The Economic Research Service’s Food Dollar Series shows that the farmers’ share of the food dollar fell to 14.8 cents in 2016. That’s a 4.5 percent drop from the previous year and the lowest level since the series first launched in 1993.
The farmers’ share of every $1 spent on domestically produced food represents the percentage of farm commodity sales tied to the food dollar expenditure. Non-farm related marketing associated with the food dollar rose to a record-high of 85.2 cents. Those expenses include things like transportation, processing, and marketing.
The largest decline in the farmer share of the food dollar was in food not consumed at home. The family farm share of food consumed away from home dropped to 4.4 percent, ten percent lower than the previous year. The smaller share of the food dollar consumed away from home is due to the cost of restaurant food service and preparation.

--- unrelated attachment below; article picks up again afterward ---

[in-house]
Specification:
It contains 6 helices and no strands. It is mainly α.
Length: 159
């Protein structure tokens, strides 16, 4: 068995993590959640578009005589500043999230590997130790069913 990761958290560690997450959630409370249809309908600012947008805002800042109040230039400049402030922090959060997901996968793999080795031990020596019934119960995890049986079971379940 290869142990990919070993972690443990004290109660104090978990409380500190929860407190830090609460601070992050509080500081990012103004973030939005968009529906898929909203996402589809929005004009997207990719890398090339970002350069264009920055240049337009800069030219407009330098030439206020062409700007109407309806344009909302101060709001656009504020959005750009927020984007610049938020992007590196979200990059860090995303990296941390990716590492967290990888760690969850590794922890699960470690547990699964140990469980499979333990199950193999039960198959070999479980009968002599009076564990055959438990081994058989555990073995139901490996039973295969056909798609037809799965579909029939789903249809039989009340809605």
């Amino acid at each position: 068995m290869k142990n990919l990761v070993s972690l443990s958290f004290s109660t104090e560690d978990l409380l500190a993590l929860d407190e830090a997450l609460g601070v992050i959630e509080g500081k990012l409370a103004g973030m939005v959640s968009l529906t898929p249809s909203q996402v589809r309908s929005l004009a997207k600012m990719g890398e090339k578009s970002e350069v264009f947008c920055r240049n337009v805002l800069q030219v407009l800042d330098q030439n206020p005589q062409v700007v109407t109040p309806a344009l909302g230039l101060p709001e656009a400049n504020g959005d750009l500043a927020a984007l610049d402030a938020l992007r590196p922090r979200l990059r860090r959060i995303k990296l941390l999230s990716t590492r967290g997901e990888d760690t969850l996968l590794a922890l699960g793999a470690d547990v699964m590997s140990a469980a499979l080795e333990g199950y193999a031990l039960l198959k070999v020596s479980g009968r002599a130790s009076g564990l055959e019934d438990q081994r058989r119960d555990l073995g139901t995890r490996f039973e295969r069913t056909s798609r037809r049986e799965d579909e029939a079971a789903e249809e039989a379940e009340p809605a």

For all but the food and beverage dollar consumed at home and the food at home dollar, the farmers’ share of the food dollar is at record-low levels.